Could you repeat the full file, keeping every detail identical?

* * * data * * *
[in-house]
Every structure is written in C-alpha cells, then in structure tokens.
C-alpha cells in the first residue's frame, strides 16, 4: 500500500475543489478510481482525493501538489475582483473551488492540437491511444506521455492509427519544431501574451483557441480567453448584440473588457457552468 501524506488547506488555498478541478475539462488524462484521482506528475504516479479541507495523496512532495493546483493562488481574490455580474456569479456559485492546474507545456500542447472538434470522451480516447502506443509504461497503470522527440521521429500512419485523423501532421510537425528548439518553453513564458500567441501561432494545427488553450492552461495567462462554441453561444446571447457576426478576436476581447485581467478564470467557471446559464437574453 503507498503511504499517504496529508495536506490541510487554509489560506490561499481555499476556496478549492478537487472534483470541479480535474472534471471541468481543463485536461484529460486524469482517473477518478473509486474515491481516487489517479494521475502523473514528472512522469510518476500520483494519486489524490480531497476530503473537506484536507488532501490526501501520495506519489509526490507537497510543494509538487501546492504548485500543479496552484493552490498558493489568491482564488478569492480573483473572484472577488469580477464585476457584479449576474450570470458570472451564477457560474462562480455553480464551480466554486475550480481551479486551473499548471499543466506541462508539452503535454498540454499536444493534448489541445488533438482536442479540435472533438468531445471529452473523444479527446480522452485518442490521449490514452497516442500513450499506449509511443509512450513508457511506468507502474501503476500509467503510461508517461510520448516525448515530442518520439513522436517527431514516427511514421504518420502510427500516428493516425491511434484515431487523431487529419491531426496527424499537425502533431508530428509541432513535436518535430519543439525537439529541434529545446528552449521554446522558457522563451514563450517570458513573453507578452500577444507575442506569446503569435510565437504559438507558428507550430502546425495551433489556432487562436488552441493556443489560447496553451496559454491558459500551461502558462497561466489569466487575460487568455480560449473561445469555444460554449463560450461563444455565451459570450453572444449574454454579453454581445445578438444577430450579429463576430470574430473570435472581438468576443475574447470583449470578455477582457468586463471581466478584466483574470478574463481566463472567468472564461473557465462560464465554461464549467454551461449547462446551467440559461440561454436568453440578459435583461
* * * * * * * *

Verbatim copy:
[in-house]
Every structure is written in C-alpha cells, then in structure tokens.
C-alpha cells in the first residue's frame, strides 16, 4: 500500500475543489478510481482525493501538489475582483473551488492540437491511444506521455492509427519544431501574451483557441480567453448584440473588457457552468 501524506488547506488555498478541478475539462488524462484521482506528475504516479479541507495523496512532495493546483493562488481574490455580474456569479456559485492546474507545456500542447472538434470522451480516447502506443509504461497503470522527440521521429500512419485523423501532421510537425528548439518553453513564458500567441501561432494545427488553450492552461495567462462554441453561444446571447457576426478576436476581447485581467478564470467557471446559464437574453 503507498503511504499517504496529508495536506490541510487554509489560506490561499481555499476556496478549492478537487472534483470541479480535474472534471471541468481543463485536461484529460486524469482517473477518478473509486474515491481516487489517479494521475502523473514528472512522469510518476500520483494519486489524490480531497476530503473537506484536507488532501490526501501520495506519489509526490507537497510543494509538487501546492504548485500543479496552484493552490498558493489568491482564488478569492480573483473572484472577488469580477464585476457584479449576474450570470458570472451564477457560474462562480455553480464551480466554486475550480481551479486551473499548471499543466506541462508539452503535454498540454499536444493534448489541445488533438482536442479540435472533438468531445471529452473523444479527446480522452485518442490521449490514452497516442500513450499506449509511443509512450513508457511506468507502474501503476500509467503510461508517461510520448516525448515530442518520439513522436517527431514516427511514421504518420502510427500516428493516425491511434484515431487523431487529419491531426496527424499537425502533431508530428509541432513535436518535430519543439525537439529541434529545446528552449521554446522558457522563451514563450517570458513573453507578452500577444507575442506569446503569435510565437504559438507558428507550430502546425495551433489556432487562436488552441493556443489560447496553451496559454491558459500551461502558462497561466489569466487575460487568455480560449473561445469555444460554449463560450461563444455565451459570450453572444449574454454579453454581445445578438444577430450579429463576430470574430473570435472581438468576443475574447470583449470578455477582457468586463471581466478584466483574470478574463481566463472567468472564461473557465462560464465554461464549467454551461449547462446551467440559461440561454436568453440578459435583461